“America” in Simple and Compound Time

Chita Rivera in West Side Story
Chita Rivera in West Side Story

Conductor, composer, pianist, educator, music philosopher…Leonard Bernstein’s whirlwind career was a complex mix of these versatile roles. Perhaps as a result, when it came to Bernstein’s Broadway music, outside influences were constantly creeping in, from West Side Story’s Copland-like Somewhere Ballet sequence and the dueling-keys of the Finale (a reference to the final bars of Richard Strauss’s Also sprach Zarathustrato a hint of Puccini in the soaring and harmonically searching Lonely Town from On the Town. 

Bernstein couldn’t resist writing a 12-tone fugue for West Side Story’s Cool, a sly tip of the hat to the atonal concert music of composers such as Schoenberg and Berg, and the last thing you would expect on the popular Broadway stage. The Cool Fugue’s disguised tone row may be a great metaphor for what was arguably Bernstein’s greatest accomplishment: the ability to break down barriers for a whole generation, demystify “difficult” music, and show a wide audience that classical music is really just “cool.”

Bernstein most obviously broke the traditional Broadway mold in the area of rhythm and meter. The songs of West Side Story are far removed from the traditional “boom-chick” 32-bar Tin Pan Alley style. While reflecting on writing the lyrics for West Side Story, Stephen Sondheim has said, “one of the things I learned from him was not always necessarily to think in terms of 2-, 4- and 8-bar phrases.”

For an example, listen to the complex Latin cross-rhythms in the opening of America. There are four distinct rhythmic layers. By the time the bass pizzicato enters, our sense of downbeat and upbeat is delightfully unstable. But keep listening, and you’ll hear America’s real rhythmic innovation: alternating measures of 6/8 time, a compound meter based on a feeling of three (three eighth notes filling out two beats) and 3/4 time, a simple meter based on a feeling of two (two eighth notes for each of the three quarter notes). The two rhythmic “feels” fight each other, suggesting a musical melting pot akin to the ethnic melting pot at the heart of the song:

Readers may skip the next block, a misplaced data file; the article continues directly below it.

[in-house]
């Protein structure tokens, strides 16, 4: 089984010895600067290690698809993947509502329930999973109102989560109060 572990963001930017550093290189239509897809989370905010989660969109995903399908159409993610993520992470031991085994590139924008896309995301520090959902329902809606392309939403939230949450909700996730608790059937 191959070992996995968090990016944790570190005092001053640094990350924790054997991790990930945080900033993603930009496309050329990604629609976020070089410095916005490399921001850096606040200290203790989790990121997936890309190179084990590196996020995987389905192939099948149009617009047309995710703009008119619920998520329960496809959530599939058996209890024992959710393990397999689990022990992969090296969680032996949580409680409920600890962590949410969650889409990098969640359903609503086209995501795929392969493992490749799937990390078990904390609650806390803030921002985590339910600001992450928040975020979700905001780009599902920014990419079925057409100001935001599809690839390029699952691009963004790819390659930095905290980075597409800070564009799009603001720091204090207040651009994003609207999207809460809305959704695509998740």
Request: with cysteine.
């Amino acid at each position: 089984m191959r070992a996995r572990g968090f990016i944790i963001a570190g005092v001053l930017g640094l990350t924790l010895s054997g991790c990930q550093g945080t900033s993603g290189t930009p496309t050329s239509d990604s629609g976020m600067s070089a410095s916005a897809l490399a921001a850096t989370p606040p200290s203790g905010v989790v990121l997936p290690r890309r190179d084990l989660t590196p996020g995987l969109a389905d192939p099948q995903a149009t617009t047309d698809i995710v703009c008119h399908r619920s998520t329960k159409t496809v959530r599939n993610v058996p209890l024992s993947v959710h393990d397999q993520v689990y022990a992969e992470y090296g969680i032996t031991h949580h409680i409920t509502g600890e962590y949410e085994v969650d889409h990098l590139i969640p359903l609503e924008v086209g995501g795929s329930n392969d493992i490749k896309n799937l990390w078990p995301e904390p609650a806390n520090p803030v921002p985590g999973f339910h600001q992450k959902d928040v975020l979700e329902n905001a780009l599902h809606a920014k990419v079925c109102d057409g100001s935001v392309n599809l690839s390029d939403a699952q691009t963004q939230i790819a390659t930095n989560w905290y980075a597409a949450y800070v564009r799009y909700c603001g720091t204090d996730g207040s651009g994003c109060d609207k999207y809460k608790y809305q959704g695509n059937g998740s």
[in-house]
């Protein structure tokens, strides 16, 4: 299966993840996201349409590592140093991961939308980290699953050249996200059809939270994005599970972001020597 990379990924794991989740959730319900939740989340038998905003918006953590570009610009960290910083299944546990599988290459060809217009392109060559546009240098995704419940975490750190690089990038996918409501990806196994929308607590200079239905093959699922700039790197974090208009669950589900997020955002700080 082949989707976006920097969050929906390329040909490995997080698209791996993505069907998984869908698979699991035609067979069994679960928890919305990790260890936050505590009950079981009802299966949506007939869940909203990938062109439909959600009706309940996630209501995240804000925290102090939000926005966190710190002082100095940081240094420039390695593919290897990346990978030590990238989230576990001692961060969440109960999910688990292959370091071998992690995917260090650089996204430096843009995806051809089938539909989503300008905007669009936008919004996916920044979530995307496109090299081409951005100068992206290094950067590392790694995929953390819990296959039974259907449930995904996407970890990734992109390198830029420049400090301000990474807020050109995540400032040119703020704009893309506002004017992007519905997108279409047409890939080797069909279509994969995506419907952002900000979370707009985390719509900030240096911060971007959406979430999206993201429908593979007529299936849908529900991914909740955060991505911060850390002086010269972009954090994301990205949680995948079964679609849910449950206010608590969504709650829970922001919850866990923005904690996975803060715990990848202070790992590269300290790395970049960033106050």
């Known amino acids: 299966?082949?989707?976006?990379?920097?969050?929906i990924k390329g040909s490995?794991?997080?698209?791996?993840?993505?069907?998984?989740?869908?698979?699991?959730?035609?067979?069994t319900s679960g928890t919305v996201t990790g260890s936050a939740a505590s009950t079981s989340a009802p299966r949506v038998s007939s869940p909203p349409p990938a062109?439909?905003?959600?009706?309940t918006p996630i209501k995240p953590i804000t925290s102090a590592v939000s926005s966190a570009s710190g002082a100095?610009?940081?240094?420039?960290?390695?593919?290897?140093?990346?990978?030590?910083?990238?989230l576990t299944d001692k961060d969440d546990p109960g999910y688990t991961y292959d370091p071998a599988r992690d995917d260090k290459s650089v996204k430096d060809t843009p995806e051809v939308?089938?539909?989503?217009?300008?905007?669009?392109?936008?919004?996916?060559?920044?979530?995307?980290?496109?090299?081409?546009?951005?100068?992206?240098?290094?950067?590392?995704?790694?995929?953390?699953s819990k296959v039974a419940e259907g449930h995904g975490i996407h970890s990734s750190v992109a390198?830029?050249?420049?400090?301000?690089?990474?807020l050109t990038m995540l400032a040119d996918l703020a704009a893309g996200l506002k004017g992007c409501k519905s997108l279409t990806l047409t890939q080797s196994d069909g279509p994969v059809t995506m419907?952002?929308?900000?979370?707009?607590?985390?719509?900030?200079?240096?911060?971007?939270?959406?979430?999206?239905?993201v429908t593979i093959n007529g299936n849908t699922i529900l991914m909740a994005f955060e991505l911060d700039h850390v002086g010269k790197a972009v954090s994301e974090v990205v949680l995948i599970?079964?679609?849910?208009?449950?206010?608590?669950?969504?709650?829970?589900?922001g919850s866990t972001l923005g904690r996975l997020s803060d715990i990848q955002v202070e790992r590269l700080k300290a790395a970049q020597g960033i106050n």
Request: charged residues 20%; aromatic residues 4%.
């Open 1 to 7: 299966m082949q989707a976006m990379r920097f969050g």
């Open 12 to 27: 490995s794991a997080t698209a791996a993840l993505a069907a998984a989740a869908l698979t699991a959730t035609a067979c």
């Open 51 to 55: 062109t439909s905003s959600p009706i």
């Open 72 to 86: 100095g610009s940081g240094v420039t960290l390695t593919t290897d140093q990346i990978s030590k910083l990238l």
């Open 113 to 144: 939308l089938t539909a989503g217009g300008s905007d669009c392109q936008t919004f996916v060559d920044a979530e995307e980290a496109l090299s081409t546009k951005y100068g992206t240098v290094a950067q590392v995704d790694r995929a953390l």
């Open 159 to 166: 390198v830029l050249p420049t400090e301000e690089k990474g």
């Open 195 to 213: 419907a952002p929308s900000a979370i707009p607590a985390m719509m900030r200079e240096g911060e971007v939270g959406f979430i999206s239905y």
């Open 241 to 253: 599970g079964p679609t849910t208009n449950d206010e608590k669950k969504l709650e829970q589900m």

Alternating time signatures2.gif

Looking back on West Side Story’s earth shattering opening night on Broadway in September, 1957, Sondheim remembers that the audience sat through the first half of Act 1 with disturbing reverence, as if they had forgotten they were at a musical. It was Chita Rivera (Anita) and America which brought the audience to life, and provided the right emotional release at a crucial moment in the story.

In celebration of the lead up to Independence Day on Friday, let’s listen to the original Broadway cast recording of America. Keep an ear out for the irregular rhythm outlined in the bass line and pay attention to the way it fits with the other voices. Notice little details like the flute line, suggesting “tropical breezes” (0:27) and later an exotic bird song from the jungle (0:48). At times, you may be reminded of Aaron Copland’s El Salón México:

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Musical Beginnings

Unknown-30Think about the way your favorite piece begins. From the ferocious opening four notes of Beethoven’s Fifth Symphony, which form the DNA for the entire symphony that follows, to the quiet, mysterious tremolos of Bruckner’s symphonies, to the attention grabbing (and audience quieting) opening fanfares of Rossini’s opera overtures, the way a piece starts tells us a lot about what will follow. As you jump, grudgingly tip toe or stride boldly into 2014, listen to three pieces with uniquely interesting openings:

[typography font=”Cantarell” size=”28″ size_format=”px”]Bach’s Orchestral Suite No. 4[/typography]

It’s hard to imagine a more powerful or majestic opening than the beginning of J.S. Bach’s Orchestral Suite No. 4 in D Major, BWV 1069. The first movement is a popular Baroque musical form known as a French overture in which slow, stately music is contrasted with a faster section. This is an opening which demands that you listen. It emphatically celebrates D major, building tension and expectation as it develops. The other movements are rooted in Baroque dances. As you listen enjoy the way the music flows. This would have been popular music in Bach’s time-joyful, sparkling and fun:

  1. Ouverture 0:00
  2. Bourree 8:45
  3. Gavotte 11:29
  4. Menuet I/II 13:31
  5. Réjouissance 17:15

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[typography font=”Cantarell” size=”28″ size_format=”px”]The Symphony that Starts With a Question[/typography]

You may hear the influence of Beethoven’s teacher, Franz Joseph Haydn in Symphony No. 1 in C Major, Op. 21. At the same time, the young Beethoven’s individual voice is evident. This symphony begins with a question. Listen to the first chord. It seems to be saying, “Where am I?” Can you tell where the music is going next? The chord resolves, but we still feel lost. When and how does the music confidently move forward?

Beethoven starts the last movement with a similar musical joke up his sleeve. After a dramatic opening octave played by the entire orchestra, the music seems as if it isn’t sure what to do next. Beethoven gives us a tentative series of notes…then tries again, adding another…then another…a scale is forming…Then he says, “Oh yes, now I know!” What follows is one of the most enjoyable musical romps ever conceived: